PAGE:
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introductory examples     regular singular points
Ordinary and Singular Points

Ordinary differential equations (ODEs) come in many flavours. We will consider scalar ODEs governing a function y(x) of a complex variable x. A general such ODE looks like

\( y^{(n)}=F(y^{(n-1)}, ..., y', y, x)\qquad (0.3)\)

We will concentrate on functions \(F\) that are rational in \( y^{(n-1)}, ..., y', y\). Moreover, we will assume that \(F\) is analytic in \(x \) except at a finite number of isolated points \(x_i\), \( i=0, ..., s-1 \) where \(s \) is a nonnegative integer.

Definition: A point \(r \) where \( F(y^{(n-1)}, ..., y', y, r) \) is analytic is called an ordinary point of the ODE. The points \( x_0, x_1, ..., x_{s-1}\) are called fixed singularities of the ODE.

Equation (0.2) (from Section 0.0 ) is

\( y'=- y^2/x\qquad\qquad (0.2) \)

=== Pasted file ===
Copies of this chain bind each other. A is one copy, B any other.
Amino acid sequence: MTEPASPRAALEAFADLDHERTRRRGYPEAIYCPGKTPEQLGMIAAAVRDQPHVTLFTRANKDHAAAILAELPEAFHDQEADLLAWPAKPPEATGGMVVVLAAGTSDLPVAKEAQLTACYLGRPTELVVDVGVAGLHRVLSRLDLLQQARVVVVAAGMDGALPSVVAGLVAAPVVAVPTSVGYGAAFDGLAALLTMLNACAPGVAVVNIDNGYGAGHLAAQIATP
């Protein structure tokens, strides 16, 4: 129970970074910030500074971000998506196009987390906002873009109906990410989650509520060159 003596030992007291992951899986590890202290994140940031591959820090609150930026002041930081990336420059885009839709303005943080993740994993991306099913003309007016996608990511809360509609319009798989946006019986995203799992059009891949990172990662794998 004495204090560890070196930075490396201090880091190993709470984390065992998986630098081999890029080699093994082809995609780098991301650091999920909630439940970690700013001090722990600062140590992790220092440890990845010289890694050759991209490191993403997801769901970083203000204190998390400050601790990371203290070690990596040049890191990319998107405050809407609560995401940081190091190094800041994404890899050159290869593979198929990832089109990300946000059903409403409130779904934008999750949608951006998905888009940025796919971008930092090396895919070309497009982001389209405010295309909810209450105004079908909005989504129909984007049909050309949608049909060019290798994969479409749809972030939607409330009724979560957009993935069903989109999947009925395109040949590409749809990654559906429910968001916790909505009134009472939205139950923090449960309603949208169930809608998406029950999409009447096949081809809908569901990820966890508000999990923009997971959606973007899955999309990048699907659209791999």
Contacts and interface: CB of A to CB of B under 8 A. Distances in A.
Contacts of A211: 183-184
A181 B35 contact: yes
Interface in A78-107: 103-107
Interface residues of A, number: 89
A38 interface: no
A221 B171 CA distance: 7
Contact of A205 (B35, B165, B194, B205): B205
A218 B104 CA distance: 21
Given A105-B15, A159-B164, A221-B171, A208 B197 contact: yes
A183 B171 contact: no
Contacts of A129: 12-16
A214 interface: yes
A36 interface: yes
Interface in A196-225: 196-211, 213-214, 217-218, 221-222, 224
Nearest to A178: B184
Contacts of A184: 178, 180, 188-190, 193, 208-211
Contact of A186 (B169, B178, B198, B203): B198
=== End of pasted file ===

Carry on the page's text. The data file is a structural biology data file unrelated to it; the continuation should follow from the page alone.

Clearly \(x_0=0 \) is a fixed singularity.

Excercise: Show that infinity is also a fixed singularity. (Change variables to \(t=1/x\). Show that the resultant ODE for \(u(t)=y(1/x)\) also has a fixed singularity at \(t=0\).)

However, any non-zero finite point \(x\) is an ordinary point. The main theorem of existence and uniqueness for ODEs shows that every solution defined by a regular initial value problem given at an ordinary point must be analytic. For Equation (0.2), the general solution is

\( y(x)=1/(\log(x)-a). \)

Define \(y(1)=1\). Clearly the corresponding solution is

\( y(x)=1/(\log(x)+1)\)

which is analytic at the initial point \( x=1\), has a logarithmic singularity at \(x=0\), and has a pole when \(\log(x)=-1\), i.e., \(x=e^{-1}\).

If we change the initial condition to \(y(1)=-1\), the corresponding solution becomes

\( y(x)=1/(\log(x)-1)\)

This solution is analytic at the initial point \(x=1\). It still has a logarithmic singularity at \(x=0\), but its pole now occurs where \(\log(x)=+1\), i.e., \(x=e^{1}\). It is clear that the pole has moved to a different location.

Back to Contents Nalini Joshi
Last modified: 12 October 2011 by